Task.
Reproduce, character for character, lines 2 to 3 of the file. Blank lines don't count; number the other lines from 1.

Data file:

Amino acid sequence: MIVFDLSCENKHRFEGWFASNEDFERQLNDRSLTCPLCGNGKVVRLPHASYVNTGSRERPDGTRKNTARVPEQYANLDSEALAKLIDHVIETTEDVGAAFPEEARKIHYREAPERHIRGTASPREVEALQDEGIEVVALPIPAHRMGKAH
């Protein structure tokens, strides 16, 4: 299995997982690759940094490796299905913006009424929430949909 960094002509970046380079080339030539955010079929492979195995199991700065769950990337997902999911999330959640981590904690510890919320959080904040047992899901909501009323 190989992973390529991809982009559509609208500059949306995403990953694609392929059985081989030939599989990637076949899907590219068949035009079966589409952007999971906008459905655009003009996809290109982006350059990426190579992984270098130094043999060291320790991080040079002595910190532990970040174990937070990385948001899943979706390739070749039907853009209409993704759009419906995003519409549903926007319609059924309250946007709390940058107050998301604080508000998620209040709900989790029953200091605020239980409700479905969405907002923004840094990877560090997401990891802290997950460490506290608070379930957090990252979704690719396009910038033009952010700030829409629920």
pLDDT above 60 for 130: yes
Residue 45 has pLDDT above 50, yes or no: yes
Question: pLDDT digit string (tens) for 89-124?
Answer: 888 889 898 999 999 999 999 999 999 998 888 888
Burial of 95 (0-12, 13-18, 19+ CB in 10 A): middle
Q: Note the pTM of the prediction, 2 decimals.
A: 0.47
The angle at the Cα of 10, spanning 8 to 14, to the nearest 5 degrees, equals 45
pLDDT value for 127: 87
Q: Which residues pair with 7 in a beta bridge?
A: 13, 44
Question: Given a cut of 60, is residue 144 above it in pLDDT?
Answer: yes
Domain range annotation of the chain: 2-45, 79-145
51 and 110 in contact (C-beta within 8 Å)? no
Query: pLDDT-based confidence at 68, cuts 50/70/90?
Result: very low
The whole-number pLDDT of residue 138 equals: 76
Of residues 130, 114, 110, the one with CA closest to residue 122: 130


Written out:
């Protein structure tokens, strides 16, 4: 299995997982690759940094490796299905913006009424929430949909 960094002509970046380079080339030539955010079929492979195995199991700065769950990337997902999911999330959640981590904690510890919320959080904040047992899901909501009323 190989992973390529991809982009559509609208500059949306995403990953694609392929059985081989030939599989990637076949899907590219068949035009079966589409952007999971906008459905655009003009996809290109982006350059990426190579992984270098130094043999060291320790991080040079002595910190532990970040174990937070990385948001899943979706390739070749039907853009209409993704759009419906995003519409549903926007319609059924309250946007709390940058107050998301604080508000998620209040709900989790029953200091605020239980409700479905969405907002923004840094990877560090997401990891802290997950460490506290608070379930957090990252979704690719396009910038033009952010700030829409629920």
pLDDT above 60 for 130: yes